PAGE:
New State Budget: Holiday Gifts from Gregoire to Middle Class
Wednesday, December 20, 2006
Seattle, WA - Those who work around the statehouse will spend at least some of the holiday season dissecting Governor Gregoire's new budget, unveiled this week in preparation for the new legislative session in January.
For the most part, the budget focuses on education, job creation and health care. It also proposes the modest state surplus be put in a new "rainy day" savings fund. John Burbank of the Economic Opportunity Institute says overall, this budget seems solidly aimed at protecting Washington's middle class.
"Its beneficiaries are the vast majority of Washington citizens, not just the few very wealthy or the few very poor."
The lion's share of the budget goes to education in grades K-12, but there's also more money for preschools. Jon Gould of the Children's Alliance is pleased with the figures.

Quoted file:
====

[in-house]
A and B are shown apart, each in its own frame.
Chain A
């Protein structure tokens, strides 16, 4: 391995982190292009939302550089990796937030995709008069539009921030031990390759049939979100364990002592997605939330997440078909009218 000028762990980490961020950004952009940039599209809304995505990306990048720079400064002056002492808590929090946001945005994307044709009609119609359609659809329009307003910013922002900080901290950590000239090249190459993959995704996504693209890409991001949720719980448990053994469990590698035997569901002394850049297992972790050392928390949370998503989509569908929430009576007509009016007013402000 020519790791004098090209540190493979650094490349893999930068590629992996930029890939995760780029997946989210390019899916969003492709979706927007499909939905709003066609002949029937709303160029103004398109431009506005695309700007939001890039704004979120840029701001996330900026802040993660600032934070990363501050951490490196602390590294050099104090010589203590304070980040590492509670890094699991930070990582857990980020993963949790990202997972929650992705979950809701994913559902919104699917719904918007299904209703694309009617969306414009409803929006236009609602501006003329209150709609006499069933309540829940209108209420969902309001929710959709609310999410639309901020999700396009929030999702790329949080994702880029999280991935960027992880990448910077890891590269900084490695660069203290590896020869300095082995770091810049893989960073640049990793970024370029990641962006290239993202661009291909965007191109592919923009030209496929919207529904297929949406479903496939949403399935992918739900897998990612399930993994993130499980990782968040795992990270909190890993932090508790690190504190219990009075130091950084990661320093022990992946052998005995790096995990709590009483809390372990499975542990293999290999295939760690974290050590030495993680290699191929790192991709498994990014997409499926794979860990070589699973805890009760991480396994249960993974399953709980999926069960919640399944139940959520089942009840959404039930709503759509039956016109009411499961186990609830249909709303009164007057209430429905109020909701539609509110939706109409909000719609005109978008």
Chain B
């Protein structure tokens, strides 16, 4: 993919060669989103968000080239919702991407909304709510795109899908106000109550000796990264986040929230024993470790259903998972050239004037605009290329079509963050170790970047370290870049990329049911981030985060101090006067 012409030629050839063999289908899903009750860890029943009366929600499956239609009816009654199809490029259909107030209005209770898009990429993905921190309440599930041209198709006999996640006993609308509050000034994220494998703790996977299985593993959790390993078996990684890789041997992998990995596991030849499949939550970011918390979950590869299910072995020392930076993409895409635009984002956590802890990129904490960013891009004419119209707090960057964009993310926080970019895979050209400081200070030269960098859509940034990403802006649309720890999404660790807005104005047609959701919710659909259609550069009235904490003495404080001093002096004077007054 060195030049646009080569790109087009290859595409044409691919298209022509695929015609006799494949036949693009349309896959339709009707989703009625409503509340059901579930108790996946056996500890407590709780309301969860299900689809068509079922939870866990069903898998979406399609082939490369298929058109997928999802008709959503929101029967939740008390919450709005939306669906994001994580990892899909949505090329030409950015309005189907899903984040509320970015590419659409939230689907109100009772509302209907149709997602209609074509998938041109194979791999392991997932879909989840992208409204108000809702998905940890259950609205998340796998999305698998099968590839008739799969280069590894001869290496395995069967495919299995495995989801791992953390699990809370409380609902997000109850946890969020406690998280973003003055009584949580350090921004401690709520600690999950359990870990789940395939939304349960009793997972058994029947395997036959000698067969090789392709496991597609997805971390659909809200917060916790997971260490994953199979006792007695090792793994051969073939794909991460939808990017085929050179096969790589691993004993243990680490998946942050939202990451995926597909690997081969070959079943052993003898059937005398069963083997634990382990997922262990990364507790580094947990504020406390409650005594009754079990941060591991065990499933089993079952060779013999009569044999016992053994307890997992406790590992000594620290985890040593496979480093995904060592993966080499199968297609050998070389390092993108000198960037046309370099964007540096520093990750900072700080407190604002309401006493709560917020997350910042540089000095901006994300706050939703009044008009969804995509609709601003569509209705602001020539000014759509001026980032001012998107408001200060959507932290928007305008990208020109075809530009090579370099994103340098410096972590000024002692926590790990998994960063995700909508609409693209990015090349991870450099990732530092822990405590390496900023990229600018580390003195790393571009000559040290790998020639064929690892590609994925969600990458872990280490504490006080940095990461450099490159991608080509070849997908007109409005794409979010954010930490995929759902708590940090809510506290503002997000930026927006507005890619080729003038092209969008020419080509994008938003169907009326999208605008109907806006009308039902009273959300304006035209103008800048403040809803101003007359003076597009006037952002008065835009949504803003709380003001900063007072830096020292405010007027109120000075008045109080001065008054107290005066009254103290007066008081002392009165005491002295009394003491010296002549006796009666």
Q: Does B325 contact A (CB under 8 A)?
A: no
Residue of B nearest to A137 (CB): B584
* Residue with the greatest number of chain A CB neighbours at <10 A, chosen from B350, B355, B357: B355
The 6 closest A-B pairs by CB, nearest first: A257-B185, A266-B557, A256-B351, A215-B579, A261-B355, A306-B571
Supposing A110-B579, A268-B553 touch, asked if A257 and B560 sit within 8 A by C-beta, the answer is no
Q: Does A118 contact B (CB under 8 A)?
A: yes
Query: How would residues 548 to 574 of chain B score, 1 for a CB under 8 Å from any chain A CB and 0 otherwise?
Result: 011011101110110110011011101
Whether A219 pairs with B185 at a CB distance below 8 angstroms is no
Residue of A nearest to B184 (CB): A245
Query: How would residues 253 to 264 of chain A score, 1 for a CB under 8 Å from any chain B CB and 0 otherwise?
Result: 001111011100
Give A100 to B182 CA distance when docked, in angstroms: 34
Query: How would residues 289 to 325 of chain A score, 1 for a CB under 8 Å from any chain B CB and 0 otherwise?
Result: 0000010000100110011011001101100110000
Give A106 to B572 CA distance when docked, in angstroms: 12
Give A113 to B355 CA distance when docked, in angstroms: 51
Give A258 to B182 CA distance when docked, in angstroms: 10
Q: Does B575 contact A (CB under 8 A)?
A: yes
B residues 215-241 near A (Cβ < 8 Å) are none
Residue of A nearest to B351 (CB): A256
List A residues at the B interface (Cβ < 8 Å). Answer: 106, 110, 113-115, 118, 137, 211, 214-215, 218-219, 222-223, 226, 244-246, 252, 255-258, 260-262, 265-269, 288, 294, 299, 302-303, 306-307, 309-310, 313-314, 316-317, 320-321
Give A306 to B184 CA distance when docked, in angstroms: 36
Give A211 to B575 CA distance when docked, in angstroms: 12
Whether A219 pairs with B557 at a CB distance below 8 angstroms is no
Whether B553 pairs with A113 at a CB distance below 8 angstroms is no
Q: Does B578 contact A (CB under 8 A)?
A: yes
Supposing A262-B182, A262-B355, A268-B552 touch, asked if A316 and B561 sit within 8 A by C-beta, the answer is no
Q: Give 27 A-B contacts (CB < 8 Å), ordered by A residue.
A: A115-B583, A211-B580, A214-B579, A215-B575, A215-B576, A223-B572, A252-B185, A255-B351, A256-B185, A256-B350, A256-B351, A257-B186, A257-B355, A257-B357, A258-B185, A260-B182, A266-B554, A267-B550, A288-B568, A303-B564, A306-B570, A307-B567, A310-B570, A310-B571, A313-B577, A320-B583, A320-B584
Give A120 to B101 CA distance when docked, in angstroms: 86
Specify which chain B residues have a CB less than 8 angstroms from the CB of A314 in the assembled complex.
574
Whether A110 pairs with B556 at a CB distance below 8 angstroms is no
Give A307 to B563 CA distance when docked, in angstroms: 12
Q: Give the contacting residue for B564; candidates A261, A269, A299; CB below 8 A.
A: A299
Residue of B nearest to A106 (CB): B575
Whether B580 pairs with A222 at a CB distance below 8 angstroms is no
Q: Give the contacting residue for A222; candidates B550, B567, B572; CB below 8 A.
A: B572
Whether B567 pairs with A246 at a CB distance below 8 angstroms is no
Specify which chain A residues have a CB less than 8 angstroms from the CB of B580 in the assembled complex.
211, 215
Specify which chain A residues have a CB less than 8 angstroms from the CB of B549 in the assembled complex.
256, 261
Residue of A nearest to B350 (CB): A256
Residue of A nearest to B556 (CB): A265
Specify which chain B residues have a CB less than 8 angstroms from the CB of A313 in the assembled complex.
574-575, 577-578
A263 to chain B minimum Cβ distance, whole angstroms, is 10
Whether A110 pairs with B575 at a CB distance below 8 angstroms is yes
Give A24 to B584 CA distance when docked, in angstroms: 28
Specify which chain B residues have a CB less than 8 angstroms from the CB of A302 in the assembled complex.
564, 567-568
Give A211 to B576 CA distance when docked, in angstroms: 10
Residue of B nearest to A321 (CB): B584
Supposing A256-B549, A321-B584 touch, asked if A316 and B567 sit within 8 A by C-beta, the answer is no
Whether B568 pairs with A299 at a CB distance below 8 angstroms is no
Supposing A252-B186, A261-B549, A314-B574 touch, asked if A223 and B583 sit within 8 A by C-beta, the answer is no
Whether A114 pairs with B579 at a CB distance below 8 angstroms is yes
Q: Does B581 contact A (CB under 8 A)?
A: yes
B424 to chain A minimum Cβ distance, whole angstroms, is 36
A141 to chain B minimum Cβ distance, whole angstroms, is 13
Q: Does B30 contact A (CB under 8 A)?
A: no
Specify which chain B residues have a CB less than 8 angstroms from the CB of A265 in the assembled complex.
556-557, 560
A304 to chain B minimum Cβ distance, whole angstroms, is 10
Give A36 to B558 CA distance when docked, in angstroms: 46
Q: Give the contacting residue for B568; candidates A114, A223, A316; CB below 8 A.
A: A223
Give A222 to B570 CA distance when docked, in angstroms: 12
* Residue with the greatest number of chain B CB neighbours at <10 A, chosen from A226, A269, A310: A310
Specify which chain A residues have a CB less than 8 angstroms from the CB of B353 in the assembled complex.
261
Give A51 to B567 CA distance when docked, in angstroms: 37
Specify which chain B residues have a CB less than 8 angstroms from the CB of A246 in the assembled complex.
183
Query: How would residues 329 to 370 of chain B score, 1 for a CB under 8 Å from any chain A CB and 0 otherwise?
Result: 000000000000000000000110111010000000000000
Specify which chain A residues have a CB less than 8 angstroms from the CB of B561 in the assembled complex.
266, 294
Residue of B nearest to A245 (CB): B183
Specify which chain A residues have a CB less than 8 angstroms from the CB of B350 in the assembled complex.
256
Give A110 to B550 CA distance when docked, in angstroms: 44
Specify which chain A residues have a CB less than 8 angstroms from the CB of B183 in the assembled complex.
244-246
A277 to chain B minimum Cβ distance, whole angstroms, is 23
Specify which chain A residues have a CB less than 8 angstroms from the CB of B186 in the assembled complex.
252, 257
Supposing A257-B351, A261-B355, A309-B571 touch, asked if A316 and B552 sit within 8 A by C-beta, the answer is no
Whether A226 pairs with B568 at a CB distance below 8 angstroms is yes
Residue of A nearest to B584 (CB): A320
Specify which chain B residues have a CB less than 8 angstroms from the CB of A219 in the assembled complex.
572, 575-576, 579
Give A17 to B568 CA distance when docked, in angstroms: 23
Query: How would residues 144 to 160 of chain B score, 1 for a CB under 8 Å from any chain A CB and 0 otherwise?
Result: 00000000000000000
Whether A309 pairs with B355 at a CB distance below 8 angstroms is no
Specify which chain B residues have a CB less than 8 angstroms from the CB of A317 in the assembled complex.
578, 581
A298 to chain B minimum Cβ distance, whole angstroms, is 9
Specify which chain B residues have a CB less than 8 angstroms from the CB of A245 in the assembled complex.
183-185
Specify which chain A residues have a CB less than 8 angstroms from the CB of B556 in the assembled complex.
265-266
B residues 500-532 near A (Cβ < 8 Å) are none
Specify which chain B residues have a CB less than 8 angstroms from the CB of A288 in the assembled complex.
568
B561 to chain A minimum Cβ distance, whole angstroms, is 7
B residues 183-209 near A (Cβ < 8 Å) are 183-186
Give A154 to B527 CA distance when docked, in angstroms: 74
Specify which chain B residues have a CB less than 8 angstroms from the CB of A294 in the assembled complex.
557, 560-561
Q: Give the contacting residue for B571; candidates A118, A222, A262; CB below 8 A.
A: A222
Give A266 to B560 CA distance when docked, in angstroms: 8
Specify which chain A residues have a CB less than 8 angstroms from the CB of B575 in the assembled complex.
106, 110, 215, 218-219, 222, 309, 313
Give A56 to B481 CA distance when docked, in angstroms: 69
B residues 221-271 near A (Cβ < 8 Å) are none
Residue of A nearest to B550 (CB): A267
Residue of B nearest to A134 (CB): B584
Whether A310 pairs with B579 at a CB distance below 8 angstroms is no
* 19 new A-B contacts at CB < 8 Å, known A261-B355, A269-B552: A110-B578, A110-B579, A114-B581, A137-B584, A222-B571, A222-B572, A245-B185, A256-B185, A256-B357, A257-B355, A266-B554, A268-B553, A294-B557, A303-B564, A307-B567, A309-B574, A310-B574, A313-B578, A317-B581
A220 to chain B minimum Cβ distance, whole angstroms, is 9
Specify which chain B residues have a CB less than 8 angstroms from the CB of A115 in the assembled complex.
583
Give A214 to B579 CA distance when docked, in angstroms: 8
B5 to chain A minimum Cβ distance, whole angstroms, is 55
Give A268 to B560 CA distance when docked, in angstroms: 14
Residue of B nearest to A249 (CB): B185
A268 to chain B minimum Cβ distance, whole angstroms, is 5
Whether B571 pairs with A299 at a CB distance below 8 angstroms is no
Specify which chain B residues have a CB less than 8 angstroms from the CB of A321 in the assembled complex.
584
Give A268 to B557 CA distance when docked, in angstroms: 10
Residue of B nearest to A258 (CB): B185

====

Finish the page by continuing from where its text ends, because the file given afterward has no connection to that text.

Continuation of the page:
"The governor really, truly said we need to take a 'birth to age six' approach. We can't just put more money into kindergarten, because that isn't going to help children who aren't even ready for kindergarten in the first place."
The health care budget includes insuring more low-income children, but it also picks up the tab for prescription co-pays not covered by Medicaid for low-income senior citizens. Lauren Moughon of AARP is optimistic that will end up saving the state millions of health care dollars in the long run.
"The fact that she is stepping up to the plate and catching these people as they fall through the federal safety net is a very, very big deal to seniors."
The governor approved pay raises of 3.2 percent for most state workers next year. Tim Welch of the Washington Federation of State Employees says they're happy about that, but still concerned about the safety of mental hospital workers and the high caseloads of children's services workers.
"She is proposing some additional children's services workers and some workload studies; we would press her and the legislature to do much more there to get to manageable caseload sizes more in line with national standards."
Governor Gregoire says her $30 billion budget makes "changes that families can count on." The legislature will tackle the budget in January.
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